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US recession fears send Asian markets into a tailspin

STI, Hang Seng suffer big drops; bank and tech stocks, energy and base metal prices also hit

STOCK markets across Asia plummeted yesterday amid fears that a gathering financial storm in the United States might tip the global economy into a recession.

Hong Kong was the worst hit as the Hang Seng Index plunged an eye-popping 5.4 per cent, reflecting mainland fears that US consumers will buy fewer China exports.

Yesterday’s slide means Singapore and Hong Kong are now officially ‘bear’ markets, ending an unbroken five-year bull run, along with Tokyo, which went bearish on Jan 7. It means these markets are down 20 per cent or more from peaks in the last year.

In the US, the Dow Jones Industrial Index is down 12 per cent from its October highs.

When Asian markets opened yesterday, they were spooked by a double whammy of bad news from the US.

First, an US$18.1 billion (S$25.8 billion) write-down by financial giant Citigroup over the sub-prime mortgage crisis, then a 2.2 per cent slump in the Dow.

Jumpy investors in Singapore epitomised deepening gloom around Asia as they sent the Straits Times Index (STI) tumbling about 3 per cent at the opening bell. The STI regained about half its losses – only to slide again as the dramatic scale of Hong Kong’s losses became clear.

In its fifth straight day of losses, the STI ended down 96.09 points, or 3.05 per cent, at 3,058.49, its lowest level in 10 months.

The index is now down 20.1 per cent from its peak of 3,831 points on Oct 11. It is down 11.75 per cent for the year, its worst two-week year opening since 2000, after the bursting of the dot.com bubble.

Across Asia, bank stocks were badly hit over fears that other major US banks might unveil massive losses.

Technology stocks also skidded after US tech giant Intel posted disappointing quarterly sales and a cautious outlook for this year.

This suggests a possible slowdown in the key personal computer market, which accounts for major business among Asian manufacturers.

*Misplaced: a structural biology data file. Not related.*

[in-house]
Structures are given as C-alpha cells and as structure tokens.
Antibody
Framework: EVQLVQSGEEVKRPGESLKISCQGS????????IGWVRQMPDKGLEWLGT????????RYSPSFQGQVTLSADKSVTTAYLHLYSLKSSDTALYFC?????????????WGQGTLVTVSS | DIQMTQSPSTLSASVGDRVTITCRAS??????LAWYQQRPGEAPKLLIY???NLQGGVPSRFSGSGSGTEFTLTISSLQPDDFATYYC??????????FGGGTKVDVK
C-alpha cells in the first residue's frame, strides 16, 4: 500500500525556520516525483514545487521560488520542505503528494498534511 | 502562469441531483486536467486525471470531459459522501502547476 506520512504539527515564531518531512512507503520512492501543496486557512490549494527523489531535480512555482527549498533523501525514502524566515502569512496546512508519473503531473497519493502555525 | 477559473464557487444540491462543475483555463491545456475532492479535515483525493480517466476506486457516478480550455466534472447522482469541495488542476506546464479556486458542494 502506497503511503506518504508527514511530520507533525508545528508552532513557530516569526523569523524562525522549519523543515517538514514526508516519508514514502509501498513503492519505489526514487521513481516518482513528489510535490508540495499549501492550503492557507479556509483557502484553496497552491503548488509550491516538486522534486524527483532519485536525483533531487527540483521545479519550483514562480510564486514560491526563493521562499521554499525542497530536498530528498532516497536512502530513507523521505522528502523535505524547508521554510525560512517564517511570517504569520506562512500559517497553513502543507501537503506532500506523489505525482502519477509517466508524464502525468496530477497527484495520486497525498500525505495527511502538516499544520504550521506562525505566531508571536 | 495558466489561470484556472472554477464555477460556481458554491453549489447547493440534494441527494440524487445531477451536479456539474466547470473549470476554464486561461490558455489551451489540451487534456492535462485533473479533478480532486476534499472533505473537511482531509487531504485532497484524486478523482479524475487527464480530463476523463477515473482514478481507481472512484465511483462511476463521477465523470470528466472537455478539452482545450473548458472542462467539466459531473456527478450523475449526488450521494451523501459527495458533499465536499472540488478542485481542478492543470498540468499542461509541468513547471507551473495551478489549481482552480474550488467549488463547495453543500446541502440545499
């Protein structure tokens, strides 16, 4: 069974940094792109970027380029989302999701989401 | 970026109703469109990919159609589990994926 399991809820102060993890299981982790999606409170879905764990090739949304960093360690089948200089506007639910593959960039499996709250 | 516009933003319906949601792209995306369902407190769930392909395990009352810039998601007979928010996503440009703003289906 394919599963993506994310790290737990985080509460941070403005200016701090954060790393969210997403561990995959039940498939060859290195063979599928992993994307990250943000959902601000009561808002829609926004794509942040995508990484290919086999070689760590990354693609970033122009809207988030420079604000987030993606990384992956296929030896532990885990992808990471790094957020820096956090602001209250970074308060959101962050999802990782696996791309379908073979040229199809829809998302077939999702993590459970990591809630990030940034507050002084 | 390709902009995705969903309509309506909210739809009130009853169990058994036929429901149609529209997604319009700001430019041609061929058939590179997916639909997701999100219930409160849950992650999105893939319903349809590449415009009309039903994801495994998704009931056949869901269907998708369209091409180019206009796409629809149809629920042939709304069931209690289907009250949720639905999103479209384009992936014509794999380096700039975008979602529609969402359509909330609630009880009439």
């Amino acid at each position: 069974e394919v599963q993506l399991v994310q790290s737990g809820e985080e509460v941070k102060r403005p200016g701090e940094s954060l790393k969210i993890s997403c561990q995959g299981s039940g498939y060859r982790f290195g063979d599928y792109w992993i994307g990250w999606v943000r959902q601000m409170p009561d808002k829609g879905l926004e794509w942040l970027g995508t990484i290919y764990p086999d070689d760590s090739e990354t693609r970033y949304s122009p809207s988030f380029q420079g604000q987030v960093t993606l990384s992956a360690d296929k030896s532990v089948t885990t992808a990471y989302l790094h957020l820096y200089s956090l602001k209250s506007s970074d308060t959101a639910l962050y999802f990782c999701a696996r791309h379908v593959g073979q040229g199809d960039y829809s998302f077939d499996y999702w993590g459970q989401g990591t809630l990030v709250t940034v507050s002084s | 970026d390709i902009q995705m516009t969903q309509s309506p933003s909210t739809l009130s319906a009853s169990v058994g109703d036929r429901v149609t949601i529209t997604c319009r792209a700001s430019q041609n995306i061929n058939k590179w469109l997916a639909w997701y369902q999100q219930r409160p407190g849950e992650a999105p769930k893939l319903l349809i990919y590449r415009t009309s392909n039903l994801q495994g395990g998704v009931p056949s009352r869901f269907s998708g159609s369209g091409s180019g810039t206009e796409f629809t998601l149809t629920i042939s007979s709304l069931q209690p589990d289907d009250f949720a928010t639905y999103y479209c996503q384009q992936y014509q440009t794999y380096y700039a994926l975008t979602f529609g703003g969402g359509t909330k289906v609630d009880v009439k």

Worries over the health of the US economy also took their toll on the ailing greenback and accelerated its decline against regional currencies. It fell by 1.5 yen to a 32-month low of 106.09 yen.

Even energy and base metal prices took a direct hit from the prospects of a global economic slowdown.

Crude oil fell by US$2.30 to US$91.90 a barrel yesterday, while analysts said major steel producers were cutting back on production targets by as much as 30 per cent.

It all boiled down to a very grim trading session for investors.

‘What is scary is the rapid pace in which investors’ sentiment had soured in the past week,’ said remisier Bernie Lee in Singapore.

In Singapore, banks such as DBS Group Holdings and United Overseas Bank each fell by about 3 per cent.

In Hong Kong, HSBC, which gets about one-third of its revenues from North America, plunged 4.5 per cent.

Investors are now clamouring for the US central bank to announce an emergency interest-rate cut ahead of its next meeting at the end of this month.

‘The Fed is beyond the curve. We are not talking about sub-prime, but an increasing spate of loan and creditcard defaults in the US,’ said Mr Kevin Scully, managing director of corporate finance house NRA Capital.

But for long-term investors, the sell-down presented a good opportunity to buy shares at attractive prices, noted Mr Elan Cohen, JP Morgan Private Bank’s senior portfolio manager.


Source: The Straits Times 17 Jan 08

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